Thinking Citizen Blog — Socialist Monarchies: Charming, Revolting, or Just Weird
Thinking Citizen Blog — Sunday is Political Process, Campaign Strategy, and Candidate Selection Day
Today’s Topic: Socialist Monarchies: Charming, Revolting, or Just Weird
Paradox rules. Sweden, a model of socialism to some, is in theory at least a monarchy. Some Swedes have a problem with that. Others don’t. There is a similar division of thought and feeling in the United Kingdom with respect to the compatibility of monarchy and democracy. In total, today, there are twelve monarchies in Europe. Of these seven are kingdoms (Belgium, Denmark, the Netherlands, Norway, Spain, Sweden, the United Kingdom), three are principalities (Andorra, Liechtenstein, Monaco), one is a Grand Duchy (Luxembourg), and one is a “theocratic elective monarchy” (Vatican City). Is it time to sweep away these relics? Do you have a strong opinion on the subject? If you were British, Swedish, Spanish, or Dutch would you support the abolition of the monarchy? Experts — please. chime in. Correct, elaborate, elucidate.
ARE MONARCHIES MORE PROSPEROUS AND LESS UNEQUAL?
1.“Most people believe that monarchies are more prone to confiscate property, wage war, undertake megalomaniac projects, add to the national debt, and mismanage the economy. The historical record, especially during the last 100 years, could not be more different than the conventional wisdom.” (first link below)
2. “Of the 43 monarchies in the world, more than half (23) are among the 50 richest countries. By contrast, of the 157 republics, only 27 are among the 50 richest, a mere 18 percent. Shockingly, if one looks at the 50 countries in the world with the lowest per capita income, the overwhelming majority of them are not monarchies or former monarchies.” (ditto)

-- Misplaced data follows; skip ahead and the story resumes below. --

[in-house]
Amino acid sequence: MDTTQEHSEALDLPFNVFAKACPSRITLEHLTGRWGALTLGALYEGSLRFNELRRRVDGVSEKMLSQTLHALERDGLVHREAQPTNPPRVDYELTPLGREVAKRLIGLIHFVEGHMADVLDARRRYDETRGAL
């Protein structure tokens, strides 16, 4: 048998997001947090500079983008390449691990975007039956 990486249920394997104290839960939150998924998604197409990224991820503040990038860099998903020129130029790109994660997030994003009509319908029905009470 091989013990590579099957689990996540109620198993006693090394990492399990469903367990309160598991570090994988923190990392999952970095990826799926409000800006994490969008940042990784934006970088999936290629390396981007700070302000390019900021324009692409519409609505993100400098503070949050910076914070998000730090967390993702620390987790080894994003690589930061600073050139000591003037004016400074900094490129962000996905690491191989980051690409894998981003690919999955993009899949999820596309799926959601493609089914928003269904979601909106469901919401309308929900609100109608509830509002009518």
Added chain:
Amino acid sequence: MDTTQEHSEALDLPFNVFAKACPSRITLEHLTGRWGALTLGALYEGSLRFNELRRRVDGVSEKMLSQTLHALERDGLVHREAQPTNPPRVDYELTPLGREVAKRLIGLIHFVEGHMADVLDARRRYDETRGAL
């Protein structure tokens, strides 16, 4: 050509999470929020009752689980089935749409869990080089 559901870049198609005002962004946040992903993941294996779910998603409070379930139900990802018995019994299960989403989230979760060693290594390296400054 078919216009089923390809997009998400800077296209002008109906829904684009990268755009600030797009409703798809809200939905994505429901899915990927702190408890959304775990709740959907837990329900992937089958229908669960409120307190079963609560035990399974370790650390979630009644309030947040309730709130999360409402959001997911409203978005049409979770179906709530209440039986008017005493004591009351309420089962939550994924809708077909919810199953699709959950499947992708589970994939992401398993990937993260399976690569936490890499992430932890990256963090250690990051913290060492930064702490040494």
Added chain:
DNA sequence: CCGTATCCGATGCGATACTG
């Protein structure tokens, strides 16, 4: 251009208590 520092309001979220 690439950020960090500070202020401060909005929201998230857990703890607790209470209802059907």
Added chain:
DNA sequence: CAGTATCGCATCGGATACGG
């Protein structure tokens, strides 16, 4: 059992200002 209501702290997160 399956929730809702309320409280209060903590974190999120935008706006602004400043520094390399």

3. “Monarchies are frequently accused of concentrating wealth at the top. So, how do they compare in terms of income inequality? The answer is very well indeed. Of the 113 countries for which data on income distribution (Gini coefficient) are available, seven are among the half with lower inequality, and only four are among the half with higher inequality.” (ditto)
NB: Below is King of Sweden, Carl XVI Gustaf (1946 — ). He “ascended the throne” in 1973. His heir apparent is his daughter, Crown Princess Victoria.
THEY ALSO HAVE BETTER CREDIT RATINGS
1. “Countries that have a king or queen as a head of state are on average more creditworthy and have stronger balance sheets than republics, new data shows.”
2. “Sovereigns with a monarchy have an average credit rating of ‘A-’ according to a new report from one of the largest ratings agencies, Standard & Poors, which rates 129 countries, 39 of which have a ruling monarch.”
3. “Nations without a king or queen have an average rating of around ‘BBB’ to ‘BBB-’ around 3 rungs below that of the average monarchy, the S&P report revealed.”
NB: “The largest royal sovereign debtor is Japan, with more than $11 trillion in outstanding rated debt, which amounts to just over 25 percent of all sovereign debt globally.”
THE CASE AGAINST MONARCHY: the quintessential “undeserving rich”
“Andrew was not one bad apple. He comes from an orchard that produces them.” (last link)
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